The location of Igbomina in the middle belt of Nigeria and as a frontier Yoruba region opened it to the influence from powerful, competing states of Oyo, Nupe, Fulani, and Ibadan. The expansion of the Oyo Empire in the 16th century, which was accompanied by the large migration of Yoruba northward, led to frequent military aggression on the northern boundary with the Nupe. This paper examines military aggressions in the Igbomina area of north central Yorubaland. Military threat or warfare had initiated various responses in Igbomina, as evident in community aggregation, building of fortifications, production of weapons, and settlement abandonment. The high level of military aggression in Igbomina had also acted as an instrument of socio-political changes in the area as seen in increased centralized control and hierarchy. Oral-historical sources, archaeological survey and excavation form the core of this examination of military aggression in Igbomina.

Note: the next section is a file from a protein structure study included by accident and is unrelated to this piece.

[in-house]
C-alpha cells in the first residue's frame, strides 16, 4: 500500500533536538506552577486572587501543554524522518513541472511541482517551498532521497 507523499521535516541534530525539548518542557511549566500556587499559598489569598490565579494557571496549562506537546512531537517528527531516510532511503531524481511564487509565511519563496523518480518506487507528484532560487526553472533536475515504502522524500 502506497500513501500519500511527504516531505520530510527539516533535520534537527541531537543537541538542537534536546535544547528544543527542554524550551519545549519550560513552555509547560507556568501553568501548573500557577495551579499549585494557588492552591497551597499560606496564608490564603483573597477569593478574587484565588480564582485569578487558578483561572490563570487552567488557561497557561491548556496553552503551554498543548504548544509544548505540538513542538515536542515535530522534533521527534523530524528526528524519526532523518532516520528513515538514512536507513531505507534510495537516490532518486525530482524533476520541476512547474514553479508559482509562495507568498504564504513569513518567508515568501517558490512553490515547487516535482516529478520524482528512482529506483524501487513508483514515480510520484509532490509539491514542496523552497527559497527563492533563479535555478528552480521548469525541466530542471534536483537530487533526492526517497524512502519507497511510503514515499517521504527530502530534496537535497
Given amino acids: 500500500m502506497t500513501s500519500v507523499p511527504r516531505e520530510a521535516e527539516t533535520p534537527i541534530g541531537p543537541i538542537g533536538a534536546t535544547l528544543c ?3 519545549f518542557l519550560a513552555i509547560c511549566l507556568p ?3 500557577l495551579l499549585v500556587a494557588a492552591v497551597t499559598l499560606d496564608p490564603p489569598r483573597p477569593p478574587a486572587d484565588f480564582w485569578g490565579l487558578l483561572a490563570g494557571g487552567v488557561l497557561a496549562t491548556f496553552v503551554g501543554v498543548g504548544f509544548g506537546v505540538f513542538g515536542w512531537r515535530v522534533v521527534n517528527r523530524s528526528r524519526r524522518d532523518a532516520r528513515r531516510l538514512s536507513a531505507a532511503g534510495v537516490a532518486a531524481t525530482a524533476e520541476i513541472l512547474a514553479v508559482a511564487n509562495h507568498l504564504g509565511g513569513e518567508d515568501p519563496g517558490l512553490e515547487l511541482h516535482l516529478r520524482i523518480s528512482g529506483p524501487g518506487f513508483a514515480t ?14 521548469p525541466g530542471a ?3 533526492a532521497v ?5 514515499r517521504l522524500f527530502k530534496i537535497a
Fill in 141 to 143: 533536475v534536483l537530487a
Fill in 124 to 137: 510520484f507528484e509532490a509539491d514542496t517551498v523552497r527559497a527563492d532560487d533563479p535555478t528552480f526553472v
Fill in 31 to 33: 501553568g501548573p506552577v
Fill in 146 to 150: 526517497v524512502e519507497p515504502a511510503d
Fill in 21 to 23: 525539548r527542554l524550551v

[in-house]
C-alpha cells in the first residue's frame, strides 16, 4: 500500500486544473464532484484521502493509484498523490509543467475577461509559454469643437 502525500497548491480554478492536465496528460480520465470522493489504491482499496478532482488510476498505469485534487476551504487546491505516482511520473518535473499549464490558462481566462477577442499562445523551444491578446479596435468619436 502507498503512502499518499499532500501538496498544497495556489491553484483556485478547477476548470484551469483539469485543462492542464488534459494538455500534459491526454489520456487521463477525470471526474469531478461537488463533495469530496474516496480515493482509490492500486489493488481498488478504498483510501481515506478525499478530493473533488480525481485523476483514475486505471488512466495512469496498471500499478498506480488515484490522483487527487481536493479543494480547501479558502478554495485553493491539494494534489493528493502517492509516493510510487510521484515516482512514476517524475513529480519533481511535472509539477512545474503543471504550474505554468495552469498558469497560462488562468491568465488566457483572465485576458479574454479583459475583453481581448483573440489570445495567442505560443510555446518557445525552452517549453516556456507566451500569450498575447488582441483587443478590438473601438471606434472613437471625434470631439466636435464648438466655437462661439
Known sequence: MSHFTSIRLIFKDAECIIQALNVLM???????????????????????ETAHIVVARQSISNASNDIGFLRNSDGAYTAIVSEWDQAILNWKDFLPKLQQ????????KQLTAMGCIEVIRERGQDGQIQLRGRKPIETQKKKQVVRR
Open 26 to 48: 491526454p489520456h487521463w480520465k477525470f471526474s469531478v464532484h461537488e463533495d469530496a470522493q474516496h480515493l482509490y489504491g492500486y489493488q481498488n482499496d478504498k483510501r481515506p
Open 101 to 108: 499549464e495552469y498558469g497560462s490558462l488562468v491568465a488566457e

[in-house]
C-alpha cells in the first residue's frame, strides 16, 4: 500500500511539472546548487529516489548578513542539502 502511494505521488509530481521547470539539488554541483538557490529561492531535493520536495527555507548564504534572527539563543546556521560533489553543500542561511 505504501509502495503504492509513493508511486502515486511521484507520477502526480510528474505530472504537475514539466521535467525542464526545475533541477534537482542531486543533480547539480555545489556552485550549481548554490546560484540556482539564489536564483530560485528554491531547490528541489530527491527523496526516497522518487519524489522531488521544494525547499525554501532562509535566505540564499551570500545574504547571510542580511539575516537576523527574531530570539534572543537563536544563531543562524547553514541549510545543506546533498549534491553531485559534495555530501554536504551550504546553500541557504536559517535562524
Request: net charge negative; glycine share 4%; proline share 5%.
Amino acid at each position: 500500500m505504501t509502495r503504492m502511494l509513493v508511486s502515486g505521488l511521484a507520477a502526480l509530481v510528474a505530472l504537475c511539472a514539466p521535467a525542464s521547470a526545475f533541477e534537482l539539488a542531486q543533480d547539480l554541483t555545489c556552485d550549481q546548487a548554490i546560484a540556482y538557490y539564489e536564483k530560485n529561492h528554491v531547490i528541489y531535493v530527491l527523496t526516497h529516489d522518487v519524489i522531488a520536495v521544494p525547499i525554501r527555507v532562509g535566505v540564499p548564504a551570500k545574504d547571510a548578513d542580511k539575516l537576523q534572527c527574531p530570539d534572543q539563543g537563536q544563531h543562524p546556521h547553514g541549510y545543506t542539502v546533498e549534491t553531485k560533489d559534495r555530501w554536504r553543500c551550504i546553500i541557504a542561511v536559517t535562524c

The 15th – 17th century AD was a period of sociopolitical changes throughout Yorubaland. A critical review of the traditional histories and the results of recent archaeological research in Igbomina reveal that these changes were not restricted to the central Yoruba areas but also manifested in the Yoruba periphery. Ila has been described as a major regional polity in northern Yoruba, whose early development may have followed a similar trajectory as the Old Oyo state. This paper is a report of our recent archaeological survey, excavation, and finds at Ila-Iyara, the major Ila political center occupied between the 14th and 17th centuries. Ila-Iyara exhibits evidence of large elite center, fortifications, sacred sites, iron working, and ceramic types similar to those found at Oyo, Ife, and Benin. The archaeological work in Ila-Iyara also provides further insight into the processes of socio-political development, the dynamics of changes, and the different web of interactions on the Yoruba northern frontier prior to the 18th century.